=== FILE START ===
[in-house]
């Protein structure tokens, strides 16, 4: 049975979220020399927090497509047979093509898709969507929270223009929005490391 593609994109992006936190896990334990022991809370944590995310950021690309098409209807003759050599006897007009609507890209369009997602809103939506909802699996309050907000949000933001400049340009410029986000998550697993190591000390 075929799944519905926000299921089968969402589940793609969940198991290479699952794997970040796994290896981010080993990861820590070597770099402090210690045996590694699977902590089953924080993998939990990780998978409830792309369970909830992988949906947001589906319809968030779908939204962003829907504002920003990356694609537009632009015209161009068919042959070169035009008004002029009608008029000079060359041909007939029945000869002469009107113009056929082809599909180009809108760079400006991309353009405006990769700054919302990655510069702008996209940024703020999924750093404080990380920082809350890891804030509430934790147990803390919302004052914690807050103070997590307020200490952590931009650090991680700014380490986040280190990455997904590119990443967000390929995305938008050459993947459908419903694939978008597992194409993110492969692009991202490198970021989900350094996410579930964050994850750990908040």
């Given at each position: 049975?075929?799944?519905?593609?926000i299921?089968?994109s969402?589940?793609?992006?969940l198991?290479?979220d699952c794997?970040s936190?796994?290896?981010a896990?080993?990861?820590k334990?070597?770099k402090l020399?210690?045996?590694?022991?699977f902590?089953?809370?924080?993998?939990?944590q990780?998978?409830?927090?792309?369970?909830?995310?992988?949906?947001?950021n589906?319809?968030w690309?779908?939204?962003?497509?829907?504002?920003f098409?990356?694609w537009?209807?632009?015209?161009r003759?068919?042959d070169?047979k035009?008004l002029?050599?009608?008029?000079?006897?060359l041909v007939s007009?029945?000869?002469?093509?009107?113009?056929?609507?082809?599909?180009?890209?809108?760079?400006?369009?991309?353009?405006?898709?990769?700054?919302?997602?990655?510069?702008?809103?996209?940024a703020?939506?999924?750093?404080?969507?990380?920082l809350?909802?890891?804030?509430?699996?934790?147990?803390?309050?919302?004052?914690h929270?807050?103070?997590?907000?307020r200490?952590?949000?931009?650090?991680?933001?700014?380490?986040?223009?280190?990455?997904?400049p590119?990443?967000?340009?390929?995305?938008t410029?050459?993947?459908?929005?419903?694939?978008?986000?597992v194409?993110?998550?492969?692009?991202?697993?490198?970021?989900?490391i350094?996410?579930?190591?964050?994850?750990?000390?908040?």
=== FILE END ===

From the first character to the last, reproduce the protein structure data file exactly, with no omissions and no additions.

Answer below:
[in-house]
């Protein structure tokens, strides 16, 4: 049975979220020399927090497509047979093509898709969507929270223009929005490391 593609994109992006936190896990334990022991809370944590995310950021690309098409209807003759050599006897007009609507890209369009997602809103939506909802699996309050907000949000933001400049340009410029986000998550697993190591000390 075929799944519905926000299921089968969402589940793609969940198991290479699952794997970040796994290896981010080993990861820590070597770099402090210690045996590694699977902590089953924080993998939990990780998978409830792309369970909830992988949906947001589906319809968030779908939204962003829907504002920003990356694609537009632009015209161009068919042959070169035009008004002029009608008029000079060359041909007939029945000869002469009107113009056929082809599909180009809108760079400006991309353009405006990769700054919302990655510069702008996209940024703020999924750093404080990380920082809350890891804030509430934790147990803390919302004052914690807050103070997590307020200490952590931009650090991680700014380490986040280190990455997904590119990443967000390929995305938008050459993947459908419903694939978008597992194409993110492969692009991202490198970021989900350094996410579930964050994850750990908040």
């Given at each position: 049975?075929?799944?519905?593609?926000i299921?089968?994109s969402?589940?793609?992006?969940l198991?290479?979220d699952c794997?970040s936190?796994?290896?981010a896990?080993?990861?820590k334990?070597?770099k402090l020399?210690?045996?590694?022991?699977f902590?089953?809370?924080?993998?939990?944590q990780?998978?409830?927090?792309?369970?909830?995310?992988?949906?947001?950021n589906?319809?968030w690309?779908?939204?962003?497509?829907?504002?920003f098409?990356?694609w537009?209807?632009?015209?161009r003759?068919?042959d070169?047979k035009?008004l002029?050599?009608?008029?000079?006897?060359l041909v007939s007009?029945?000869?002469?093509?009107?113009?056929?609507?082809?599909?180009?890209?809108?760079?400006?369009?991309?353009?405006?898709?990769?700054?919302?997602?990655?510069?702008?809103?996209?940024a703020?939506?999924?750093?404080?969507?990380?920082l809350?909802?890891?804030?509430?699996?934790?147990?803390?309050?919302?004052?914690h929270?807050?103070?997590?907000?307020r200490?952590?949000?931009?650090?991680?933001?700014?380490?986040?223009?280190?990455?997904?400049p590119?990443?967000?340009?390929?995305?938008t410029?050459?993947?459908?929005?419903?694939?978008?986000?597992v194409?993110?998550?492969?692009?991202?697993?490198?970021?989900?490391i350094?996410?579930?190591?964050?994850?750990?000390?908040?």